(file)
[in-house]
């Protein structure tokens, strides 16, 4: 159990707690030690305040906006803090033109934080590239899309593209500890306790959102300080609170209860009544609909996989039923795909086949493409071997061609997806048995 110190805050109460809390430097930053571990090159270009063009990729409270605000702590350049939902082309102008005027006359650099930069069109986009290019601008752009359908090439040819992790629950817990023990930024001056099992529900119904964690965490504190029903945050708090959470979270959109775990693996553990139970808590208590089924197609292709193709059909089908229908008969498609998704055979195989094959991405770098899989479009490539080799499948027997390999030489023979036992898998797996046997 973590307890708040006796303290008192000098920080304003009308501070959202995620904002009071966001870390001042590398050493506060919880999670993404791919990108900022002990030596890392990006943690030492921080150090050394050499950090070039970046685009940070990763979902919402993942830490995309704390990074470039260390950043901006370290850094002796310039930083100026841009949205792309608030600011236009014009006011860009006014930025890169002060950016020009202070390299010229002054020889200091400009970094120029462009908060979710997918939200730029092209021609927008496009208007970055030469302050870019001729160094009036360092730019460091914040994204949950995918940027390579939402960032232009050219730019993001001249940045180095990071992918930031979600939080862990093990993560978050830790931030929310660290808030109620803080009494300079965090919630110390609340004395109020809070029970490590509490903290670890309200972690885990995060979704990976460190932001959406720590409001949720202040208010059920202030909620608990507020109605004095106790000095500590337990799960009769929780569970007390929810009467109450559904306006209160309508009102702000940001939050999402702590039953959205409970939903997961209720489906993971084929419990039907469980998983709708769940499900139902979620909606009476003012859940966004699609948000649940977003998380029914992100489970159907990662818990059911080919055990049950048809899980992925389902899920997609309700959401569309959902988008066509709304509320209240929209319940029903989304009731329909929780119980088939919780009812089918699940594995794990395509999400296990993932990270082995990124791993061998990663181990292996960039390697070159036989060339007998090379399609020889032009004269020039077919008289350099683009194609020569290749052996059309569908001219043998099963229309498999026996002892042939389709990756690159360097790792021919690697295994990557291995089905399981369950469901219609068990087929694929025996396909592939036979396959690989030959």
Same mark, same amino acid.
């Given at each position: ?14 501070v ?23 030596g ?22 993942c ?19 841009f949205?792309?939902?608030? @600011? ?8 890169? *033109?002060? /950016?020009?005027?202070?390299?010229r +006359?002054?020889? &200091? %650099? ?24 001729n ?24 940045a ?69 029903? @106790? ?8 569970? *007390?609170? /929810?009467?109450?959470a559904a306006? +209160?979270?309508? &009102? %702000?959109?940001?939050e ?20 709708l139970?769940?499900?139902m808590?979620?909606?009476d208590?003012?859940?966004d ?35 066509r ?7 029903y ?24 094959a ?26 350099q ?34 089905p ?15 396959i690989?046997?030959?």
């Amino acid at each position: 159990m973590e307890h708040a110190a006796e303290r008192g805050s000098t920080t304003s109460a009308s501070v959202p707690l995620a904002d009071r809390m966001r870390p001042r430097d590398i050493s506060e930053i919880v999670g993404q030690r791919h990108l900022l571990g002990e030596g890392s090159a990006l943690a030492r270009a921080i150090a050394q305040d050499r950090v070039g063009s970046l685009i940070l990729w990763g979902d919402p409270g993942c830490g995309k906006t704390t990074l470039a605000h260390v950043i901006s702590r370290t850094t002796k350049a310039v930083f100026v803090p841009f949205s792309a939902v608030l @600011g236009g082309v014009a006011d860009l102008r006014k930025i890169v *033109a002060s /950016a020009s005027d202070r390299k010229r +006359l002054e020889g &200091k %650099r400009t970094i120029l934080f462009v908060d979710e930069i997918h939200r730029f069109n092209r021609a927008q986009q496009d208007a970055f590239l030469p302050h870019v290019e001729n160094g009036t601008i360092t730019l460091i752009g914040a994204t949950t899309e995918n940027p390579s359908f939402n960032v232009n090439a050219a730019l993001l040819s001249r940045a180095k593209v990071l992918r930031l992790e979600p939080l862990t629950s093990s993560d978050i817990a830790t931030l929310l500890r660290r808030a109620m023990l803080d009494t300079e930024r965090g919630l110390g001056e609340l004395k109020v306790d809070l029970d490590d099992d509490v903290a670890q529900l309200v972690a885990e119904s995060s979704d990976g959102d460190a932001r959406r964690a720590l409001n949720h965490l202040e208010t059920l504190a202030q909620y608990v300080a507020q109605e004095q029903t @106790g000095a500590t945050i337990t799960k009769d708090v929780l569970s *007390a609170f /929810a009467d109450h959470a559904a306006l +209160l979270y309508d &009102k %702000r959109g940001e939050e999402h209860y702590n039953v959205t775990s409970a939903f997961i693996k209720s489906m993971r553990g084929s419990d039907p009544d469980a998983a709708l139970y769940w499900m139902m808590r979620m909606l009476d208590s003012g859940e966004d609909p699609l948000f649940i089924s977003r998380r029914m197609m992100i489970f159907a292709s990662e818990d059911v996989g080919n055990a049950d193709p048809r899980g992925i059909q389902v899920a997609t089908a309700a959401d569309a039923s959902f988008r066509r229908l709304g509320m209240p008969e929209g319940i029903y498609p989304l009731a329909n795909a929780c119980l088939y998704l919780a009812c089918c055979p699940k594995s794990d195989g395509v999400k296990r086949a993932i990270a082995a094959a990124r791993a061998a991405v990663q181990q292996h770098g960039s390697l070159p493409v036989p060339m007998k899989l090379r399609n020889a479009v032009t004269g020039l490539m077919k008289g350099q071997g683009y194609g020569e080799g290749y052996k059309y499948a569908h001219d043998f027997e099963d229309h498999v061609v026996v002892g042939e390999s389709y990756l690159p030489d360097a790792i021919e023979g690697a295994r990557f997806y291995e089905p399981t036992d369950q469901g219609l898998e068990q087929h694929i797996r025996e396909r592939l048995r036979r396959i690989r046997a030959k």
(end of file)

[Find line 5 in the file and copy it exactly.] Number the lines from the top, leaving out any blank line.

């Amino acid at each position: 159990m973590e307890h708040a110190a006796e303290r008192g805050s000098t920080t304003s109460a009308s501070v959202p707690l995620a904002d009071r809390m966001r870390p001042r430097d590398i050493s506060e930053i919880v999670g993404q030690r791919h990108l900022l571990g002990e030596g890392s090159a990006l943690a030492r270009a921080i150090a050394q305040d050499r950090v070039g063009s970046l685009i940070l990729w990763g979902d919402p409270g993942c830490g995309k906006t704390t990074l470039a605000h260390v950043i901006s702590r370290t850094t002796k350049a310039v930083f100026v803090p841009f949205s792309a939902v608030l @600011g236009g082309v014009a006011d860009l102008r006014k930025i890169v *033109a002060s /950016a020009s005027d202070r390299k010229r +006359l002054e020889g &200091k %650099r400009t970094i120029l934080f462009v908060d979710e930069i997918h939200r730029f069109n092209r021609a927008q986009q496009d208007a970055f590239l030469p302050h870019v290019e001729n160094g009036t601008i360092t730019l460091i752009g914040a994204t949950t899309e995918n940027p390579s359908f939402n960032v232009n090439a050219a730019l993001l040819s001249r940045a180095k593209v990071l992918r930031l992790e979600p939080l862990t629950s093990s993560d978050i817990a830790t931030l929310l500890r660290r808030a109620m023990l803080d009494t300079e930024r965090g919630l110390g001056e609340l004395k109020v306790d809070l029970d490590d099992d509490v903290a670890q529900l309200v972690a885990e119904s995060s979704d990976g959102d460190a932001r959406r964690a720590l409001n949720h965490l202040e208010t059920l504190a202030q909620y608990v300080a507020q109605e004095q029903t @106790g000095a500590t945050i337990t799960k009769d708090v929780l569970s *007390a609170f /929810a009467d109450h959470a559904a306006l +209160l979270y309508d &009102k %702000r959109g940001e939050e999402h209860y702590n039953v959205t775990s409970a939903f997961i693996k209720s489906m993971r553990g084929s419990d039907p009544d469980a998983a709708l139970y769940w499900m139902m808590r979620m909606l009476d208590s003012g859940e966004d609909p699609l948000f649940i089924s977003r998380r029914m197609m992100i489970f159907a292709s990662e818990d059911v996989g080919n055990a049950d193709p048809r899980g992925i059909q389902v899920a997609t089908a309700a959401d569309a039923s959902f988008r066509r229908l709304g509320m209240p008969e929209g319940i029903y498609p989304l009731a329909n795909a929780c119980l088939y998704l919780a009812c089918c055979p699940k594995s794990d195989g395509v999400k296990r086949a993932i990270a082995a094959a990124r791993a061998a991405v990663q181990q292996h770098g960039s390697l070159p493409v036989p060339m007998k899989l090379r399609n020889a479009v032009t004269g020039l490539m077919k008289g350099q071997g683009y194609g020569e080799g290749y052996k059309y499948a569908h001219d043998f027997e099963d229309h498999v061609v026996v002892g042939e390999s389709y990756l690159p030489d360097a790792i021919e023979g690697a295994r990557f997806y291995e089905p399981t036992d369950q469901g219609l898998e068990q087929h694929i797996r025996e396909r592939l048995r036979r396959i690989r046997a030959k």